If, as Bacevich says, we are to avoid destroying ourselves, then U.S. disengagement from an interventionist foreign policy is clearly required. Marines could plant Old Glory on the rubble of Teheran, but triumphalism will not slow America’s implosion into social chaos. In the realm of domestic politics, steps such as revising immigration laws and minimizing the undue influence of foreign lobbies (the Saudis and Israelis come immediately to mind) would make for a good start. Yet the true key to containment is more than just a policy option: for the West to survive, it must recover its cultural and religious tradition.

A call for the restoration of Christianity in the West seems radical only because secular thought is so entrenched after a century of total war and rejection of the moral order in every sphere of life. Although it might look unassailable, the success of modernity is leading to its unraveling as economic collapse and societal disintegration beckon. The ideals of unlimited growth and the individual sovereign will, unquestioned dogmata of the American civic religion, are beginning to bear their bitter fruits. Jihadists pose a danger to us precisely because of our civilization’s advanced state of rot.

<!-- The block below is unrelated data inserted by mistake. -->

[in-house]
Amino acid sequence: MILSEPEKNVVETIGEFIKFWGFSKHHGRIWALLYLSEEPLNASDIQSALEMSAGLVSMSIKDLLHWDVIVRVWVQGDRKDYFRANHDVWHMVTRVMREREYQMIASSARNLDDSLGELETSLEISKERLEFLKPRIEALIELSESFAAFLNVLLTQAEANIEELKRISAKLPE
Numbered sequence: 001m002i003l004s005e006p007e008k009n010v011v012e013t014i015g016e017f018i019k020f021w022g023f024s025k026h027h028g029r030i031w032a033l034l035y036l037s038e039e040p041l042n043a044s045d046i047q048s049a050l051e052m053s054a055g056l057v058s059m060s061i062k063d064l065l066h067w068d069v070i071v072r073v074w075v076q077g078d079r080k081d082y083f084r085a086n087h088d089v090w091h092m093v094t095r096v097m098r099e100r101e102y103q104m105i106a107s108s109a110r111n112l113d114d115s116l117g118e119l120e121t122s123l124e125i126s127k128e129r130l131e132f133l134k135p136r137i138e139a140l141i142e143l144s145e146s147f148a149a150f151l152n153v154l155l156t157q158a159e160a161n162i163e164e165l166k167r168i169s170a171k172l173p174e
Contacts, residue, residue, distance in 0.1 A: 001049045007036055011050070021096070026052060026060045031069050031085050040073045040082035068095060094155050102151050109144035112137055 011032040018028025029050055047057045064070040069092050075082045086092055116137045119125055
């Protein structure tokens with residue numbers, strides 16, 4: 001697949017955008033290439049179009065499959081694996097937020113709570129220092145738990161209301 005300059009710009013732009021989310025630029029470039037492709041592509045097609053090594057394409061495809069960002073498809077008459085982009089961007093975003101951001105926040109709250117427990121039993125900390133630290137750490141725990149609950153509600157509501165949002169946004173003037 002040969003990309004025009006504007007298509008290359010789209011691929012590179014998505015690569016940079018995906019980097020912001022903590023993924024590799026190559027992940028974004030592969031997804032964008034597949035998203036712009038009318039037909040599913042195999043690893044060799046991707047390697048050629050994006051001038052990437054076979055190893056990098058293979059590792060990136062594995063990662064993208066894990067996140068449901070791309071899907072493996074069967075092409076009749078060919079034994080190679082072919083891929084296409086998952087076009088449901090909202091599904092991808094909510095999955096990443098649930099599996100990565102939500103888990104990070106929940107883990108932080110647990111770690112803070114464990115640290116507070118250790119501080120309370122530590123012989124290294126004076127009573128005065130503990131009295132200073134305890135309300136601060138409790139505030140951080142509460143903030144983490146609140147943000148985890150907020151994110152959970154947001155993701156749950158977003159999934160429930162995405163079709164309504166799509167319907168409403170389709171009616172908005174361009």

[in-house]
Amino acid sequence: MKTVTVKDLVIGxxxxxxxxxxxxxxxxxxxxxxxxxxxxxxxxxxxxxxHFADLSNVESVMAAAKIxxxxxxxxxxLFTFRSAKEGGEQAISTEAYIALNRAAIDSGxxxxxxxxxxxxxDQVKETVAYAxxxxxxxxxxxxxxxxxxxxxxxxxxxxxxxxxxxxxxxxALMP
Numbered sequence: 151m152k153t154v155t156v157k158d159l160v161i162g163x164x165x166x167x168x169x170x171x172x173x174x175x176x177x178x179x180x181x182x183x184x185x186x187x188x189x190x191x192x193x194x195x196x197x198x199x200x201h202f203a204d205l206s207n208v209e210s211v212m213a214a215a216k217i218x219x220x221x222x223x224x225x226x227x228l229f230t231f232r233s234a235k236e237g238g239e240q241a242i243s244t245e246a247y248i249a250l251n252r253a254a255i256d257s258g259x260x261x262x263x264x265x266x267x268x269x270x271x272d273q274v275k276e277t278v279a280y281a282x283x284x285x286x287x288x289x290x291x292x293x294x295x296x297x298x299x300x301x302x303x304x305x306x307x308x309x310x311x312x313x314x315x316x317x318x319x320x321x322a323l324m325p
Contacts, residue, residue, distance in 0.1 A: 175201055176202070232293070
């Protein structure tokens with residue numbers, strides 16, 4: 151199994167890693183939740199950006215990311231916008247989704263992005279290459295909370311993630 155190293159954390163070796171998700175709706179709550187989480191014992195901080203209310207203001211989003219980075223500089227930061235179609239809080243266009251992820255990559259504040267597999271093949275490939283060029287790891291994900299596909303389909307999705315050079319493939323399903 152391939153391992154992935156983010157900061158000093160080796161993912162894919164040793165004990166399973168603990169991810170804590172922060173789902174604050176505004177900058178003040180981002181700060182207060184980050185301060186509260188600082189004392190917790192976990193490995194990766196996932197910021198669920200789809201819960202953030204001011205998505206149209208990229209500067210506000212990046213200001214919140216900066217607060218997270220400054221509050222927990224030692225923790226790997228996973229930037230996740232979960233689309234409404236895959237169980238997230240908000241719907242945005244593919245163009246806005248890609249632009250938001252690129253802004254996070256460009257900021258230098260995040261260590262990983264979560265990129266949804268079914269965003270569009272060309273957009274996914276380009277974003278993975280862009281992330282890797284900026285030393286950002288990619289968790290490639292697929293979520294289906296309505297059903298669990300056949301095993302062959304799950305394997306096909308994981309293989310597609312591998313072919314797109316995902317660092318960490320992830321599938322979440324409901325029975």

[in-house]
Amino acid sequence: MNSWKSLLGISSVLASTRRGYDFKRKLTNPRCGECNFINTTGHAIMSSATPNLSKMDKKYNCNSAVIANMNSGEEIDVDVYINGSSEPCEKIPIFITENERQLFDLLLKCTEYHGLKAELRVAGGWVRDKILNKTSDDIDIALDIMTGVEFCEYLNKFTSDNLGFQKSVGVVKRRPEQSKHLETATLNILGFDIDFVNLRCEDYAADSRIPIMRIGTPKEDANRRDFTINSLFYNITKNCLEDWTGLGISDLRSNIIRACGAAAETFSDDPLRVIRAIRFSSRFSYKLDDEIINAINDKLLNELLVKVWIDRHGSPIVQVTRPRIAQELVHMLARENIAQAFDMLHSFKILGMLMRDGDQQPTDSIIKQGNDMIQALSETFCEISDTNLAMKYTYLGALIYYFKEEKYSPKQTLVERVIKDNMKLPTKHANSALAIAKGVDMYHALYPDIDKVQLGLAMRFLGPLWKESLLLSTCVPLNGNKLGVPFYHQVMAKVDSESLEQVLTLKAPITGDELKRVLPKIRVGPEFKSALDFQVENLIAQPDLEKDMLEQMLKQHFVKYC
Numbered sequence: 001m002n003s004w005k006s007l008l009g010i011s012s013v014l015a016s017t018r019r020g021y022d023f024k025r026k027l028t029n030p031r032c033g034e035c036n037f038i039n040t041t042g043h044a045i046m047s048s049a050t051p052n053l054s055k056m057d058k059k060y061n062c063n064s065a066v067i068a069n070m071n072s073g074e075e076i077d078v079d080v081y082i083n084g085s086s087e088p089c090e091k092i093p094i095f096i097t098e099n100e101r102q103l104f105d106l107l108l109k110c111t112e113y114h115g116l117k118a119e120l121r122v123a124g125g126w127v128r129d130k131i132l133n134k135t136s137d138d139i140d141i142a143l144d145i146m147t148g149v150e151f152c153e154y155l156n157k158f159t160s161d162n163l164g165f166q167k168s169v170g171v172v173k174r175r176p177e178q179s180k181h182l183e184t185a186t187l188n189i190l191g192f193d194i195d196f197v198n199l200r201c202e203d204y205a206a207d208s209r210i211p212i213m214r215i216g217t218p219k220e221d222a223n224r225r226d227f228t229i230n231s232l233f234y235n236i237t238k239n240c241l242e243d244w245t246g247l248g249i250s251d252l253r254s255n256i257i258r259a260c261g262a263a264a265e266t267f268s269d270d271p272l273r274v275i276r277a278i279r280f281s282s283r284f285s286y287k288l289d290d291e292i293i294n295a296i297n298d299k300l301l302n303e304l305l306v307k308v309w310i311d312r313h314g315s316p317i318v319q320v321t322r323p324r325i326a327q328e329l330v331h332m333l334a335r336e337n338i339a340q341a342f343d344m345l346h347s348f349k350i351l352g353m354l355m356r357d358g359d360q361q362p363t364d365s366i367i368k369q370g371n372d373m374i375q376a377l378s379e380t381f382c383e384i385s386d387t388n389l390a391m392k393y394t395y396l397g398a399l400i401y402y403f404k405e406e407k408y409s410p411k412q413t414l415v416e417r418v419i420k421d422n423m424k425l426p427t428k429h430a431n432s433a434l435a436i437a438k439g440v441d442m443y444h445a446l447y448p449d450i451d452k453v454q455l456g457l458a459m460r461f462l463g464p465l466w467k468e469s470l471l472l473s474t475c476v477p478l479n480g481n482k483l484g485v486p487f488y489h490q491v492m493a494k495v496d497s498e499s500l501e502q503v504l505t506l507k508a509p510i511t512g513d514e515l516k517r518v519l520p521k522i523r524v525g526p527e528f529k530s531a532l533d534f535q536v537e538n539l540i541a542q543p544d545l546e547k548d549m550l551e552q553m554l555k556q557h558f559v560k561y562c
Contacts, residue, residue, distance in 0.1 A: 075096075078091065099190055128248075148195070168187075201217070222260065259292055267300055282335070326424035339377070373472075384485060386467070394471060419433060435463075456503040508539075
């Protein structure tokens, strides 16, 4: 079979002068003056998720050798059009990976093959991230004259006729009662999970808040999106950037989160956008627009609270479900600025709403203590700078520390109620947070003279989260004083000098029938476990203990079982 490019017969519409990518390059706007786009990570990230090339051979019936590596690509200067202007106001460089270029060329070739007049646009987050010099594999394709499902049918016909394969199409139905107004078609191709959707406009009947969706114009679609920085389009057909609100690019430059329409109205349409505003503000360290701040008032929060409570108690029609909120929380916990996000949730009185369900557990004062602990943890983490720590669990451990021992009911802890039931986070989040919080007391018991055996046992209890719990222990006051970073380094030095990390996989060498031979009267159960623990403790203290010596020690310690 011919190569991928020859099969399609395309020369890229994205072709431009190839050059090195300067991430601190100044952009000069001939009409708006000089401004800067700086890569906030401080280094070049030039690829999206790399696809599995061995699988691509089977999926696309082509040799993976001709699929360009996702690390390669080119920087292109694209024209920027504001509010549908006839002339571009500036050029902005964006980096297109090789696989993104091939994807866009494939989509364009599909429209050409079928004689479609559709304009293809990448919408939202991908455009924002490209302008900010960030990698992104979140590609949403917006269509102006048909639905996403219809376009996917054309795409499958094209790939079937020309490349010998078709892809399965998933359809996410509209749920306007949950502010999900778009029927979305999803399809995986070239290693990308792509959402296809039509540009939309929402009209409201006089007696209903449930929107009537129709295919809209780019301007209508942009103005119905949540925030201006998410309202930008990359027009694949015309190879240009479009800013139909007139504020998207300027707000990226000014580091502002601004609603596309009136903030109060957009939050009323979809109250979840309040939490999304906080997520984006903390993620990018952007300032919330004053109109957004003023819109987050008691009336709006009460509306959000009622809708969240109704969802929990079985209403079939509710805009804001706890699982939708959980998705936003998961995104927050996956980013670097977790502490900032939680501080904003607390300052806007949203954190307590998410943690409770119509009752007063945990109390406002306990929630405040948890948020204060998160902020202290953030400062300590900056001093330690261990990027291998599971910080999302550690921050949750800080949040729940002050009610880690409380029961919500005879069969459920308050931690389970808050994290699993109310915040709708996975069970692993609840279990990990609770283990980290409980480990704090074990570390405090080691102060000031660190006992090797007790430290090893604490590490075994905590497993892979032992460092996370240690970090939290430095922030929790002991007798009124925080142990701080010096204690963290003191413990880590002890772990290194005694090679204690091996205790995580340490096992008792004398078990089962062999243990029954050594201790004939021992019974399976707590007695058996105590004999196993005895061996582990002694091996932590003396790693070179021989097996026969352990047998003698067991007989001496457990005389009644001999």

To turn away from the path to self-destruction will demand not only smarter strategy in politics foreign and domestic, but at root a shift in faith and worldview. Wars to spread “€œliberty”€ and “€œhuman rights”€ are profoundly at odds with the teachings of the Prince of Peace. The cults of devotion to the phantoms of progress, material advancement, or perpetual adolescence bring ultimate ruin in their wake. No matter how disheartening the present circumstances may seem, hope can burn bright for the future through our own actions. The Truth that has been forgotten can be remembered; what spiritual treasures lost, rediscovered.